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Revisiting David Wojnarowicz's '7 Miles a Second'

January 31, 2013|By David L. Ulin | Los Angeles Times Book Critic
  • A page from David Wojnarowicz and James Romberger's "7 Miles a Second."
A page from David Wojnarowicz and James Romberger's "7 Miles… (Fantagraphics )

The David Wojnarowicz story was always about perseverance. Or no, not perseverance but courage, the courage to stare into the face of the abyss and report back on what he found. In the decade and a half before his death in 1992 at age 37 of AIDS-related complications, Wojnarowicz created a string of work — films, installations, writings — that is relentless in its evocation of life on the fringes (sexual, cultural, creative) and the revelations that exist, for both him and us, there.

“I had been drugged, tossed out a second story window, strangled, smacked in the head with a slab of marble, almost stabbed four times, punched in the face at least seventeen times, beat about my body too many times to recount, almost completely suffocated, and woken up once tied to a hotel bed with my head over the side all the blood rushed down into it making it feel like it was going to explode, all this before I turned fifteen,” Wojnarowicz explains in “Memories that Smell Like Gasoline,” an artist’s book that came out just a few months after his death, tracing in one headlong sentence the brutality he went through as a teenage street hustler in 1970s Times Square.

It was both the tragedy and the triumph of his existence — an existence deftly rendered in Cynthia Carr’s “Fire in the Belly: The Life and Times of David Wojnarowicz,” which came out last summer — that he had no choice but to transform these experiences into art, not transcending them but engaging them, in the most literal way imaginable holding their gaze.

That sense of focus, of not quite equanimity but awareness, resides at the center of “7 Miles a Second” (Fantagraphics: 68 pp., $19.99), the graphic novel, newly reissued and expanded, on which Wojnarowicz collaborated with artist James Romberger during the last years of his life. Like “Memories That Smell Like Gasoline,” or his searing 1991 memoir, “Close to the Knives,” it is steeped in the personal, and yet to read it only through that filter is to miss the point.

Rather, what Wojnarowicz is after is a kind of shorthand, an urgency stirred by the virus in his blood. “Sometimes I don’t think about this disease for hours,” he writes. “But each day’s dose of medicine, or the intermittent aerosol Pentamidine treatments, or the sexy stranger nodding to me on the street corner reminds me in a clearer than clear way that the virus’ activity is forever.”

Infection, in other words, became his language, his vernacular, his strategy for thinking about the world. “I wake up with intense nausea,” he observes, “feeling wet like something from my soul, my memory is seeping out the back of my head into the pillow.” This, he wants us to recognize, is what art is: These traces, sweat on a pillow, residue that we leave behind until it too evaporates.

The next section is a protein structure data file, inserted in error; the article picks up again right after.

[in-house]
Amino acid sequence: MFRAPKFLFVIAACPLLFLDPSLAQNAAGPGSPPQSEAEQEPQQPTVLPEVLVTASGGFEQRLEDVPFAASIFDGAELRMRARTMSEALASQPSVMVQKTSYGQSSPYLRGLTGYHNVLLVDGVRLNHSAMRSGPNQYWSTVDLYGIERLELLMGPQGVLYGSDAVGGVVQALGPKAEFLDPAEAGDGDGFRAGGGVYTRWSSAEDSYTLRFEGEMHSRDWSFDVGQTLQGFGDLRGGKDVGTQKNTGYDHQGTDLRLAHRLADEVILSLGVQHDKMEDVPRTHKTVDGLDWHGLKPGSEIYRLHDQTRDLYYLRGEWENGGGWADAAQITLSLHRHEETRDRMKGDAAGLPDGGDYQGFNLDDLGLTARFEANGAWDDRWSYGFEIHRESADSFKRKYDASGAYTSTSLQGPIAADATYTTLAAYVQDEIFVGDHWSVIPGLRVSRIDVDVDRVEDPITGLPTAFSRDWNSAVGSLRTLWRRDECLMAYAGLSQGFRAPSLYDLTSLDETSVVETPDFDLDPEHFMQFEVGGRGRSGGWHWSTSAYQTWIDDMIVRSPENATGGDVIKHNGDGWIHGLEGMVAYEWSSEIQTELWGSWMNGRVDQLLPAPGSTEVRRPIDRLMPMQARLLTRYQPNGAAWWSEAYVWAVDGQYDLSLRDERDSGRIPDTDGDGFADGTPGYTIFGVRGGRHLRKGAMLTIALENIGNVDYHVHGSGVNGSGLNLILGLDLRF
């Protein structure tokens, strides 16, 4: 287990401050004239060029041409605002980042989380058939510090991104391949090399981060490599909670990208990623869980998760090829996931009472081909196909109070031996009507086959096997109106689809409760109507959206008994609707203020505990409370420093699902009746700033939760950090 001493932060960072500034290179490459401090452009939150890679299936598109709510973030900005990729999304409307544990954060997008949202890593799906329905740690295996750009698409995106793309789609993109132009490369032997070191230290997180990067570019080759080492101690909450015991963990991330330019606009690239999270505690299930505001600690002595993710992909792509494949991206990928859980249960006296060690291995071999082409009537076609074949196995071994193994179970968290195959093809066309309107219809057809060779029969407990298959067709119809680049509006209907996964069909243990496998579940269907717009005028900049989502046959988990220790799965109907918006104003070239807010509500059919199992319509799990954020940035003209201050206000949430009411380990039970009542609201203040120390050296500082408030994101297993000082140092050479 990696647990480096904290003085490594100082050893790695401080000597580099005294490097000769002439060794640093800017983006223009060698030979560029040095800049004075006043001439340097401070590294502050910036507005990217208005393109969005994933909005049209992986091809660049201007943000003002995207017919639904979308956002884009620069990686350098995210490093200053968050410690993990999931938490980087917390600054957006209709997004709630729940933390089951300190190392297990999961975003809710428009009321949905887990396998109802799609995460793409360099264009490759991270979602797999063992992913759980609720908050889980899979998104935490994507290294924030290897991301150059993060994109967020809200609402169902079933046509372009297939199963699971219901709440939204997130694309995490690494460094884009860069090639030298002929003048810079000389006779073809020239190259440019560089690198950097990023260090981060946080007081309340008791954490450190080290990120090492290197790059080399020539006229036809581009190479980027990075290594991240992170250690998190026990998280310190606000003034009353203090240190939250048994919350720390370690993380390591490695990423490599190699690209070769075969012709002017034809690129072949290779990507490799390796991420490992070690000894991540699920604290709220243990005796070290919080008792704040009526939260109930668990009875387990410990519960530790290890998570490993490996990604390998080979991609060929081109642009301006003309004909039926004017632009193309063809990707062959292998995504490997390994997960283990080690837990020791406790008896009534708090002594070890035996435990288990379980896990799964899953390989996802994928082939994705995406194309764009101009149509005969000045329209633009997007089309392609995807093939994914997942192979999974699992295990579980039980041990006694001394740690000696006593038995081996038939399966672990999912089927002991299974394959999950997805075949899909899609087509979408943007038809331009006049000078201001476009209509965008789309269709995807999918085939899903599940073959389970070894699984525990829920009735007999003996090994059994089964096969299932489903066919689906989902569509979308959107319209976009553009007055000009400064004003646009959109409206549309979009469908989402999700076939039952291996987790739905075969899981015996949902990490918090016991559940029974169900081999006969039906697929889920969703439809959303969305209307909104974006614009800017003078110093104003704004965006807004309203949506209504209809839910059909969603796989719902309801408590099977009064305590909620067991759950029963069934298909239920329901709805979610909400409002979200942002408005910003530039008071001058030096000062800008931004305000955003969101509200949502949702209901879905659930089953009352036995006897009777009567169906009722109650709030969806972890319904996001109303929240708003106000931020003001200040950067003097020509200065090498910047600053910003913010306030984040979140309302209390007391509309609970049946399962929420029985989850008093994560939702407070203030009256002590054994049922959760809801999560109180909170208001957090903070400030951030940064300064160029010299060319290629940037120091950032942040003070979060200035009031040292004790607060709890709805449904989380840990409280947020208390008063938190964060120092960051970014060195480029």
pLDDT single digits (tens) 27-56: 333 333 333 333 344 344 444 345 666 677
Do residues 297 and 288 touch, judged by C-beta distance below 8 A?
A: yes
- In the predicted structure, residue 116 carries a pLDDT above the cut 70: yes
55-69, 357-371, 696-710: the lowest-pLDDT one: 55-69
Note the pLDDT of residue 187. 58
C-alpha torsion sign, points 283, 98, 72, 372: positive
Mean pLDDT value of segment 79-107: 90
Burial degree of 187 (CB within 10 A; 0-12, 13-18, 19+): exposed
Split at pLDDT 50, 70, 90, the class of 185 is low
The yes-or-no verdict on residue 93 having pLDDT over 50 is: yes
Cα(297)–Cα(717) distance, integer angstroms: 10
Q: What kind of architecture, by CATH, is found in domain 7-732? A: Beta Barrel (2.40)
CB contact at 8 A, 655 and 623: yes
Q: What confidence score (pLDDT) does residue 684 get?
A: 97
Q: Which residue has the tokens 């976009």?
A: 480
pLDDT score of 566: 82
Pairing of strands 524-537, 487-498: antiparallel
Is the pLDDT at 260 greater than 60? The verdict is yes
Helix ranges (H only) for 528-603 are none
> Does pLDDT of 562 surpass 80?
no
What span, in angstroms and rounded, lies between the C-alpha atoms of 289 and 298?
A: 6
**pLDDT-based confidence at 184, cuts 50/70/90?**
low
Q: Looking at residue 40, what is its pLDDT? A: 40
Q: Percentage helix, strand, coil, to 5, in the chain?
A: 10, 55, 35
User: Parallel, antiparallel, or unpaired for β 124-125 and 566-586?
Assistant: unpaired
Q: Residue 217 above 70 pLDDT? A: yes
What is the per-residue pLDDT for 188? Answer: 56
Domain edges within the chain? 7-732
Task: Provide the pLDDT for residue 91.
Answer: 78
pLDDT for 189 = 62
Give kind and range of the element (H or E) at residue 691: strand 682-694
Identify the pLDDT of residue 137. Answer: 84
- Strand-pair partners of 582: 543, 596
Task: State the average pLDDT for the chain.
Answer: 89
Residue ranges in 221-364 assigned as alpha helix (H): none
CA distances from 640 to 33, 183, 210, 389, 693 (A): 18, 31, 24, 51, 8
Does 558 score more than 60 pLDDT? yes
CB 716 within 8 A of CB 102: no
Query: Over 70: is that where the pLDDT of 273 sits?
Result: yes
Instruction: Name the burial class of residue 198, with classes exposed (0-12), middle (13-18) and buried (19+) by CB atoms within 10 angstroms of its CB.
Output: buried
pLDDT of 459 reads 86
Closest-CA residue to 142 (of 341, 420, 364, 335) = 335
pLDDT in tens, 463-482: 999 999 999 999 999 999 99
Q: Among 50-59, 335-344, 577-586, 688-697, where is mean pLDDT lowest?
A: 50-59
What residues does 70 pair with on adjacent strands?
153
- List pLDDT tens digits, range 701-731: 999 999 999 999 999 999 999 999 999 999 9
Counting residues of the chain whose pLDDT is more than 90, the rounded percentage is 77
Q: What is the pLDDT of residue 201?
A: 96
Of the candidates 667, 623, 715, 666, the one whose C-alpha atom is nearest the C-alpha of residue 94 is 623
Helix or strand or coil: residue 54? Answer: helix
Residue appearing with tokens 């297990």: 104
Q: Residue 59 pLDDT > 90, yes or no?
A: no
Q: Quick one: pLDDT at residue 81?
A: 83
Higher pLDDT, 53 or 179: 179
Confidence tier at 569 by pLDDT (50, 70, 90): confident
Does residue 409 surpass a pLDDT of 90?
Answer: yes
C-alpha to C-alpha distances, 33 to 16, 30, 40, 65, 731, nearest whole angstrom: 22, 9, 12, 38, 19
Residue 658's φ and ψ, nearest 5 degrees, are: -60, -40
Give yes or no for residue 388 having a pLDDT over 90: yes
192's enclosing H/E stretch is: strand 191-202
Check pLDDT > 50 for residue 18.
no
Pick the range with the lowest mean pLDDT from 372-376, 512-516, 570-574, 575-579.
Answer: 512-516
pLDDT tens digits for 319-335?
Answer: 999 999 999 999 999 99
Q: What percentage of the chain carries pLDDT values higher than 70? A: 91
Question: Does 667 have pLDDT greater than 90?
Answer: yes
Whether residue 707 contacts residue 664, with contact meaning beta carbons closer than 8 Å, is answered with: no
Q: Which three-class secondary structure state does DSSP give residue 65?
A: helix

Part of the power of Wojnarowicz’s work is that he dealt with such concepts accessibly; he didn’t have time to waste. It was the source of his restless imagination, his willingness to experiment with unexpected forms.

“7 Miles a Second” is a case in point, originally published by DC/Vertigo in 1996, at a time when graphic novels didn’t have much cache. Yet this, one imagines, must have been part of the appeal for Wojnarowicz, the opportunity to work in a degraded medium, to use the mechanics of pop culture to get at the mechanics of the soul.

“And I’m carrying this rage, like a blood-filled egg and there’s a thin line between thought and action and that line is simply made up of blood and muscle and bone and as each t-cell disappears from my body it’s replaced by ten pounds of pressure,” he declares in a passage accompanied by a sprawling image of him, grown enormous, punching his way through Manhattan’s St. Patrick’s Cathedral, a symbol of the institutionalized hypocrisy he stood against. Here we see it, the immediacy and the anger, everything that’s inside him as it explodes.

This, of course, is the role of art, or one of them — not to salve but to provoke. For Wojnarowicz, as for all of us, the central question was irresolvable: How do we reconcile our desire (need?) to escape with the reality that there is no escape, that we are bound by our deterioration, our inability to pierce the surface of the world?

And yet, if that suggests art is ultimately a futile gesture, it is also the only gesture we can make. It may be true, as William Burroughs once wrote, that we are “here to go,” but it is equally the case that we are here.

As for Wojnarowicz, he encoded such a conundrum directly into “7 Miles a Second”; it is the impulse that drives the book.

“My mind cannot contain all that I see,” he writes here. “I keep experiencing this sensation that my skin is too tight; civilization is expanding inside of me. Do you have a room with a better view? I am experiencing the x-ray of civilization. The minimum speed required to break through the earth’s gravitational pull is seven miles a second. Since economic conditions prevent us from gaining access to rockets or spaceships we would have to learn to run awfully fast to achieve escape from where we are all heading.”

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